A third intriguing piece included in this show was “Tom’s Choice,” a haunting portrait of a man who has piercing blue eyes, and is wearing a floral printed button up shirt which nearly matches and is quietly repeated in the wallpaper behind him. The composition of the painting has a confining effect on the viewer, between the close proximity of the figure, the other objects in the room; the closed blinds Venetian blinds in the background of the painting, and the contrast of the open window closer to the viewer filled with the branches of trees in a lush forest.

While Valerio is certainly the star of this exhibition, both Maria Tomasula and David Carpenter are also being shown in USF’s Goldfish Gallery and hallway. Maria Tomasula, a highly respected painter in her own right, actually studied under Valerio during her master’s degree at Northwestern University. Tomasula is currently an assistant professor at the University of Notre Dame, and is represented by galleries in Chicago and New York.

Tomasula’s work would be best described as a hybrid of Surrealism and Magic Realism, both styles popular in the middle of the first half of the 20th century. Her practice is based upon photorealism like Valerio, but her wonderfully inventive sense of composition and the conceptual structure of her paintings lend themselves to the fantastic. Many times her paintings contained pristine representations of objects, then in a collage-like style composes them into spirals, chandelier-looking structures, and beautiful patterns.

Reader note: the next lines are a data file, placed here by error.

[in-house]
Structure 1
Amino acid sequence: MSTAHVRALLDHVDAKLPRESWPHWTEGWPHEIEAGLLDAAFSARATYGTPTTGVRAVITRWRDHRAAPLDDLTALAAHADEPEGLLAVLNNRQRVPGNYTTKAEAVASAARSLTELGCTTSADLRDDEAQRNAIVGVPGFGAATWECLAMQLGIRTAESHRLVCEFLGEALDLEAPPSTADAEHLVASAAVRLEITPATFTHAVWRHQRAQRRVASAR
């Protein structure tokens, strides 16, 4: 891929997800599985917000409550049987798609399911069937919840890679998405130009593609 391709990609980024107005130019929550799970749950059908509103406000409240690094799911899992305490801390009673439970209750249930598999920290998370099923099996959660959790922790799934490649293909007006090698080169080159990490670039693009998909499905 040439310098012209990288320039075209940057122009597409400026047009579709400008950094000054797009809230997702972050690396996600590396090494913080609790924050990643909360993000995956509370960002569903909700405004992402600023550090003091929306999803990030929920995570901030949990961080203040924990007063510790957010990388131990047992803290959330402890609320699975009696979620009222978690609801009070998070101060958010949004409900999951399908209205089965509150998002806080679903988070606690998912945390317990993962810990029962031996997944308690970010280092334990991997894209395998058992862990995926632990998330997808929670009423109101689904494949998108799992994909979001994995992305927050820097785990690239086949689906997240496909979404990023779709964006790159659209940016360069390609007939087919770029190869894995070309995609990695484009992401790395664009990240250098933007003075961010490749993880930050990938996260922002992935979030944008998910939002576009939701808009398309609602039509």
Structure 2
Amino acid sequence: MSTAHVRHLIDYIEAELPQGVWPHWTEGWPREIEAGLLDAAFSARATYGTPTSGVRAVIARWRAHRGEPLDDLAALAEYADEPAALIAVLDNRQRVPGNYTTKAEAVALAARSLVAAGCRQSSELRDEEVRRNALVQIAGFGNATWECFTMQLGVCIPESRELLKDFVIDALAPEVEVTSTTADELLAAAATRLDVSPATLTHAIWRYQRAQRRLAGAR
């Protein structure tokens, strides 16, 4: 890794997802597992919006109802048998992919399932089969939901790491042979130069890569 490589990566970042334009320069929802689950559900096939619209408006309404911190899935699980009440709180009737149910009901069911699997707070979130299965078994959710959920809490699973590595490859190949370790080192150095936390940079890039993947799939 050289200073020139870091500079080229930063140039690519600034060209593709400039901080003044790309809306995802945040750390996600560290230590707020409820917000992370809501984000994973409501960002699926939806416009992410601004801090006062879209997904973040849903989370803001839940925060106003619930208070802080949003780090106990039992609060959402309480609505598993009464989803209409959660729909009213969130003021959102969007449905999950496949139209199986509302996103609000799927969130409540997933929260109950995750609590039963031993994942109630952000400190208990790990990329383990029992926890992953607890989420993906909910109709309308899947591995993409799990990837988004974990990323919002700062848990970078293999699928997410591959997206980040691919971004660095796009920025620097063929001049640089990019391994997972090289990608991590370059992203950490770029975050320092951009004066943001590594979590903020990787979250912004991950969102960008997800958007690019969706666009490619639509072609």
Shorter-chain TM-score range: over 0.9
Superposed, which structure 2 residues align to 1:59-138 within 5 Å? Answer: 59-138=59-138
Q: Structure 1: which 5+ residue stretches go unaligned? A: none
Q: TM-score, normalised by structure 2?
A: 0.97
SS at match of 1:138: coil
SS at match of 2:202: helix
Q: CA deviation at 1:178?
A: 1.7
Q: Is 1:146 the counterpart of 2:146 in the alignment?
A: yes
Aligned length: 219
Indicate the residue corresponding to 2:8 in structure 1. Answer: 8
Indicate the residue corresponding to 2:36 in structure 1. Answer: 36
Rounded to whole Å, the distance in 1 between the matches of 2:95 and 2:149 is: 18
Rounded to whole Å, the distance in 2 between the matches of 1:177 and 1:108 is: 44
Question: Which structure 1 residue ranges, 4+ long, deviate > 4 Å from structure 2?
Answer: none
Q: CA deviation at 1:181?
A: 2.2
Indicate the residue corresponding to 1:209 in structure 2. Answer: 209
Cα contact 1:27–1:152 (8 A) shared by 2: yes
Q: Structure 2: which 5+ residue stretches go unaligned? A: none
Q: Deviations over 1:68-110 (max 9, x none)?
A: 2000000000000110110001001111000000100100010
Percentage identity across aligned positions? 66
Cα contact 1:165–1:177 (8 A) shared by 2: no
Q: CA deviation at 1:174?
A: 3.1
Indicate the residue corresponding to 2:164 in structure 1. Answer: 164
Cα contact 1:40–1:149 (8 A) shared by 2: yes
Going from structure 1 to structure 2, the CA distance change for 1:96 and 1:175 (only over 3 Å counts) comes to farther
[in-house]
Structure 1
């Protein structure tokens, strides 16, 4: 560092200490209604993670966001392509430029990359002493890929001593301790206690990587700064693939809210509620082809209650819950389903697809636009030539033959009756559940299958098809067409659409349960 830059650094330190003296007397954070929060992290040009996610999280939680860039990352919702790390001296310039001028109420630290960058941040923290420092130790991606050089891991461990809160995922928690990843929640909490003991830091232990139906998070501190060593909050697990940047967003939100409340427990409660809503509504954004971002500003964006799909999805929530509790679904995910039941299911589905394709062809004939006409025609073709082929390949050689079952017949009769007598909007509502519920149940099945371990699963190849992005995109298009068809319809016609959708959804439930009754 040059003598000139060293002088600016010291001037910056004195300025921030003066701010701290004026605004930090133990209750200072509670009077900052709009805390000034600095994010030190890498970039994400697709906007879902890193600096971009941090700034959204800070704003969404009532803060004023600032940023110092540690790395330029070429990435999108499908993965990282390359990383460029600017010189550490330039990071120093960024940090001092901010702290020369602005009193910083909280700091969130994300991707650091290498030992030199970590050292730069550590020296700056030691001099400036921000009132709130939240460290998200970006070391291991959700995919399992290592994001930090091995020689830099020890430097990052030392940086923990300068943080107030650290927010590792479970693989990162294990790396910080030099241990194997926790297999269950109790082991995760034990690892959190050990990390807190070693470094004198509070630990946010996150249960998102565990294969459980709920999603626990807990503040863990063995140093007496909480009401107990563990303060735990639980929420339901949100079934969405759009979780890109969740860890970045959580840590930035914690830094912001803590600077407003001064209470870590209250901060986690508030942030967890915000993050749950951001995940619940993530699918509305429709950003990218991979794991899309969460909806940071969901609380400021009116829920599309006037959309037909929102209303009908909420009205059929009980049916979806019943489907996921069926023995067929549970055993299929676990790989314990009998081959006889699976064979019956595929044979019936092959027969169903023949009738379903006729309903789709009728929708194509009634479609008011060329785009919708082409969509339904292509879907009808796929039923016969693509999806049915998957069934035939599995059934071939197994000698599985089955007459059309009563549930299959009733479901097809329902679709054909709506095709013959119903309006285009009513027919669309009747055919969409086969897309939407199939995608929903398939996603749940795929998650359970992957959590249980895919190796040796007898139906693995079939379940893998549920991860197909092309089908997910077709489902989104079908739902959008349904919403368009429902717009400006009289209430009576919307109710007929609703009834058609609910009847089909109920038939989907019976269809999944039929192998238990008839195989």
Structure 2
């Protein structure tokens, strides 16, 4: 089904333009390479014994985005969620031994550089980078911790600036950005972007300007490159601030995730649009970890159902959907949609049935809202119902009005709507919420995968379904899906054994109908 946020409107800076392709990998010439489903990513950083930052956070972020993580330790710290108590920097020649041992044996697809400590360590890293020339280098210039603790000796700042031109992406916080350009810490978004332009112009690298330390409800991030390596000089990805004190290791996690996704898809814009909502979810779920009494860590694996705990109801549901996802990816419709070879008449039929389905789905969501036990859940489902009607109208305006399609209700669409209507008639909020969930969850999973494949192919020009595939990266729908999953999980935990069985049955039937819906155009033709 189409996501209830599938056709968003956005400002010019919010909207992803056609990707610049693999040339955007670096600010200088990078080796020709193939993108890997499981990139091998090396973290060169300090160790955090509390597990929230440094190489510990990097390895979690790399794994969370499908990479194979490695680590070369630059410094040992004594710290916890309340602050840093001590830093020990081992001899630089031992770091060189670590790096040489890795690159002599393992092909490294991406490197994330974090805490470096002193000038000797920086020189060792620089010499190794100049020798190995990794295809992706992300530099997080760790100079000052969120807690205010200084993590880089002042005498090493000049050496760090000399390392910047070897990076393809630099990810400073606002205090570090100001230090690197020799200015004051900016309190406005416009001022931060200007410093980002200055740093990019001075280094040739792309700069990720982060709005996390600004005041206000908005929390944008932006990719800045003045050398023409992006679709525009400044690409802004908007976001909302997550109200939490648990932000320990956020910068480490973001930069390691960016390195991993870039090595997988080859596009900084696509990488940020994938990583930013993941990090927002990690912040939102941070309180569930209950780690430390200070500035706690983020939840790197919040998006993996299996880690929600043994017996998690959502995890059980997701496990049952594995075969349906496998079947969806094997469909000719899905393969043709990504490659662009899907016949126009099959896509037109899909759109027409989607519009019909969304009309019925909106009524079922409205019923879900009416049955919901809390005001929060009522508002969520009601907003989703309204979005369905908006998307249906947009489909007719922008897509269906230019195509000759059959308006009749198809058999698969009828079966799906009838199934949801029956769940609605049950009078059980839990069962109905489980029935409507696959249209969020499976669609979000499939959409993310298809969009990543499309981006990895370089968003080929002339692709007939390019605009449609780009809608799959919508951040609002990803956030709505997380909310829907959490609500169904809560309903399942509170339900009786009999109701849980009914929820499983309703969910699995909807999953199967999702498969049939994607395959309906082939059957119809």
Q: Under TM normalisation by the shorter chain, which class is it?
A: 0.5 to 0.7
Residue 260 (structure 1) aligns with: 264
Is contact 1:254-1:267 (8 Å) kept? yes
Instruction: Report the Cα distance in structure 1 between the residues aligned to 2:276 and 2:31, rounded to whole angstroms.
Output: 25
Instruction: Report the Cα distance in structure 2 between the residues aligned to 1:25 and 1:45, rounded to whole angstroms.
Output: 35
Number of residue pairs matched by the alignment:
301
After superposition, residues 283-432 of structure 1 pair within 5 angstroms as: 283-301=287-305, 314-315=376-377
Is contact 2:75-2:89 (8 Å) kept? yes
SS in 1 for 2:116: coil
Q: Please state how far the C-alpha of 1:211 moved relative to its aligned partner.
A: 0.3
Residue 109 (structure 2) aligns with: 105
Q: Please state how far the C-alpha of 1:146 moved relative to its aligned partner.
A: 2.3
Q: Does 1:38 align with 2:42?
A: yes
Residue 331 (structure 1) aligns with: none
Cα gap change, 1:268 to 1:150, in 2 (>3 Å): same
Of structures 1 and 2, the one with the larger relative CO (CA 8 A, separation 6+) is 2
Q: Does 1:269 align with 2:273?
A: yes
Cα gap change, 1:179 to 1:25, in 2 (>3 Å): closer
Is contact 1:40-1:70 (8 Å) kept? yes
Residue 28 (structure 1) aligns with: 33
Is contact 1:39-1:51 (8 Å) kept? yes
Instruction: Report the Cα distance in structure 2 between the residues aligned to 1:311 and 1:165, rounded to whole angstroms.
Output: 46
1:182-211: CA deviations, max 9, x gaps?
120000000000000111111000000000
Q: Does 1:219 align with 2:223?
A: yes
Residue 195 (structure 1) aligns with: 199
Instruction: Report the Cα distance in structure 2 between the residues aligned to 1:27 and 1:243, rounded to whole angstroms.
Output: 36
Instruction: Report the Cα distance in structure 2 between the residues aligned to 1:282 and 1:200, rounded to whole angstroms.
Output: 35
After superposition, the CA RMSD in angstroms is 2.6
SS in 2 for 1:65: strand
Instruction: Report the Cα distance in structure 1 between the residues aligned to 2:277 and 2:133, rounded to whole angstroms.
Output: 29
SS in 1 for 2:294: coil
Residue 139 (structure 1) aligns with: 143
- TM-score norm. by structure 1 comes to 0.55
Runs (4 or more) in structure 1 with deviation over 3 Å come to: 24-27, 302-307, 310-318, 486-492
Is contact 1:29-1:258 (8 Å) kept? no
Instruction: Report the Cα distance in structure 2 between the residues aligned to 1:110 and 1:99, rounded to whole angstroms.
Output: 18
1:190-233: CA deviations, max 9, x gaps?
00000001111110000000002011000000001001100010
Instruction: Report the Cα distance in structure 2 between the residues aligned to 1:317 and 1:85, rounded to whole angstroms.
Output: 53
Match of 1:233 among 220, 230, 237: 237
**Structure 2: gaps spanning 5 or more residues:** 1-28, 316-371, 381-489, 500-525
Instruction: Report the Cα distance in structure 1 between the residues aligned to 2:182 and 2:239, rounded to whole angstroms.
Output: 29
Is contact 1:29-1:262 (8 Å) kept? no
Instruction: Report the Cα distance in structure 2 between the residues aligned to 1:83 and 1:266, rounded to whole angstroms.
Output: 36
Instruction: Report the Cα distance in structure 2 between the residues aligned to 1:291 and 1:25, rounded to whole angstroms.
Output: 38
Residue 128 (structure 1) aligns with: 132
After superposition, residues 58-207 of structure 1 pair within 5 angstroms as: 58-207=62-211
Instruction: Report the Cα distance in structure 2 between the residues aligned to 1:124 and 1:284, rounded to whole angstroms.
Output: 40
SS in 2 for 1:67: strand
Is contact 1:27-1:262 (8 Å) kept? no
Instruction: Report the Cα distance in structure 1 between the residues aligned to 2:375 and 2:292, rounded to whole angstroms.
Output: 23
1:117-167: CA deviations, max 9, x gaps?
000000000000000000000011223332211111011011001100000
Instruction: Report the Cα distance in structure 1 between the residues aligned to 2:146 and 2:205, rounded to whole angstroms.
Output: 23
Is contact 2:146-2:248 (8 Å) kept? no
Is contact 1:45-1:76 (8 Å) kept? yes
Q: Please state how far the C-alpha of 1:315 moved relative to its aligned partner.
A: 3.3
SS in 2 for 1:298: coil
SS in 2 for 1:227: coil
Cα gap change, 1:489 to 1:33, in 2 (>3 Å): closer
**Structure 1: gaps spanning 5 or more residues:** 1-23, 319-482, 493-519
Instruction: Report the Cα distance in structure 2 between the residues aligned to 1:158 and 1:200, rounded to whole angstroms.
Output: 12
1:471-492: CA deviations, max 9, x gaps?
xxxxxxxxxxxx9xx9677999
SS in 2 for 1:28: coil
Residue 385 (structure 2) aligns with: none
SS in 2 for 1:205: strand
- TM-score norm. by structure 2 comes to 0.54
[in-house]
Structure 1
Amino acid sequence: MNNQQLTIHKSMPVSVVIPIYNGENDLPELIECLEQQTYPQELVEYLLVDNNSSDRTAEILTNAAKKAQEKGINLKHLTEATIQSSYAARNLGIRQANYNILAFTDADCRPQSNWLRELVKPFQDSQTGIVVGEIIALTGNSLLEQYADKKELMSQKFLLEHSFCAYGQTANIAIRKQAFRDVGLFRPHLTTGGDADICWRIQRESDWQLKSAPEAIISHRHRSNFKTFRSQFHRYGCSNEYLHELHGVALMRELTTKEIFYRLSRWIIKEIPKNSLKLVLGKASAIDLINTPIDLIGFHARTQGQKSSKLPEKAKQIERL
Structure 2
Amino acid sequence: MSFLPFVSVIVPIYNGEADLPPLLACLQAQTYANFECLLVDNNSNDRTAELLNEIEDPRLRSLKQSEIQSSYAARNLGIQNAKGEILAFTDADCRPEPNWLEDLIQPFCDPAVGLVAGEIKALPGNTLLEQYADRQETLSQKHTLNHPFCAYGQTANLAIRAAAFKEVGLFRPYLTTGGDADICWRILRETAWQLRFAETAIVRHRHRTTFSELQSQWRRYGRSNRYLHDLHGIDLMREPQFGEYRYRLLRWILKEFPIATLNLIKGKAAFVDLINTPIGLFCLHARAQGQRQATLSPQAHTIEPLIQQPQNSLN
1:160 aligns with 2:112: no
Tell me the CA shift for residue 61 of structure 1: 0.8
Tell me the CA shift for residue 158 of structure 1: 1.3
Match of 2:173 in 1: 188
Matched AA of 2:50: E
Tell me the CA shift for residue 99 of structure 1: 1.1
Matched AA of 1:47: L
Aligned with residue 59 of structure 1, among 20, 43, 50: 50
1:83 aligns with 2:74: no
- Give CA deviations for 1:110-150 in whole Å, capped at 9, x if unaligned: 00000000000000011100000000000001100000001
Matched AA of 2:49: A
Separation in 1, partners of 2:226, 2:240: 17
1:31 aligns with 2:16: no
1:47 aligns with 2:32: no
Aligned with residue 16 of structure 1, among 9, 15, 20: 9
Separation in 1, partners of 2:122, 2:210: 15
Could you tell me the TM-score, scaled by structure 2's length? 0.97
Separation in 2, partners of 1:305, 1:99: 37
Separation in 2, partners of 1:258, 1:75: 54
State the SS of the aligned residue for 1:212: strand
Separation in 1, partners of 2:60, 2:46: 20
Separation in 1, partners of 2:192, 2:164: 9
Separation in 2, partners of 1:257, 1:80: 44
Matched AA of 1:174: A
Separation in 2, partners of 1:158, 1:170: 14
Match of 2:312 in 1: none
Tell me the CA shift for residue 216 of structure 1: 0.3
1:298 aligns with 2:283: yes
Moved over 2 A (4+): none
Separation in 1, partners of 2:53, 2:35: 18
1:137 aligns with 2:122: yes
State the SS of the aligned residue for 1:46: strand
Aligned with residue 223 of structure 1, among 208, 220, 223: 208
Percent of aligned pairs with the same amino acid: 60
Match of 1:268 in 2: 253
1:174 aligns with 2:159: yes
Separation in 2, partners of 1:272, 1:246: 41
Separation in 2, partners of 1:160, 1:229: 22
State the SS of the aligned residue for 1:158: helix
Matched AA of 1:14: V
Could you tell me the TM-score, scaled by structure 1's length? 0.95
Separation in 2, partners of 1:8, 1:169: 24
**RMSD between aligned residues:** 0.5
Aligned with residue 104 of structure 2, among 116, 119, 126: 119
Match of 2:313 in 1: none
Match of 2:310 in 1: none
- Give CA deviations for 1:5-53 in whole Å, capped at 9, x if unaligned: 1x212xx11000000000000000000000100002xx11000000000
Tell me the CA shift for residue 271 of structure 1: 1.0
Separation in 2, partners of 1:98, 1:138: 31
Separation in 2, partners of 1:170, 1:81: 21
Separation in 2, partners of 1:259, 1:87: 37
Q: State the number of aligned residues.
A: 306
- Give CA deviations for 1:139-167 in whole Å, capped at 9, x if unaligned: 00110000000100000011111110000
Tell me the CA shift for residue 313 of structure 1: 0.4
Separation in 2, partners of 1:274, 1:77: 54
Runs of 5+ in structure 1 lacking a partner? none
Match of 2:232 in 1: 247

“My Ava” is the strongest painting in this collection. It is of commendable size and is oil on panel. Though there aren’t any explicit clues as to the title’s meaning in the image, it evokes something of an elegiac response with the nearly vanitas feeling and subject matter. The background of the paintings is a black field, on top of which an array of crystals is arranged in something like a chandelier pattern. On top of this is a collection of various objects, including a flayed pomegranate fruit, kiwi fruits, and a small cherubic statue, all following a similar pattern to the crystals. The painting’s lighting is immaculate, with an inner illumination to most objects. The surfaces of Tomasula’s paintings are a visual thrill in themselves. Their gorgeous and supple colors are coupled with a finish, which makes them look like liquid which is for the moment still.

Both Valerio and Tomasula’s work will be up in the Weatherhead and Goldfish galleries, located in the Rolland Art Center at the University of Saint Francis until October 26th.
Also don’t miss out on USF’s new Lupke Gallery, which is in the new building across campus at 2702 Spring Street. The Lupke family has been very generous to the arts community in Fort Wayne and the current show has selections from their family collection. It will be up until Oct. 12th.

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©2018 Fort Wayne Reader. All rights Reserved.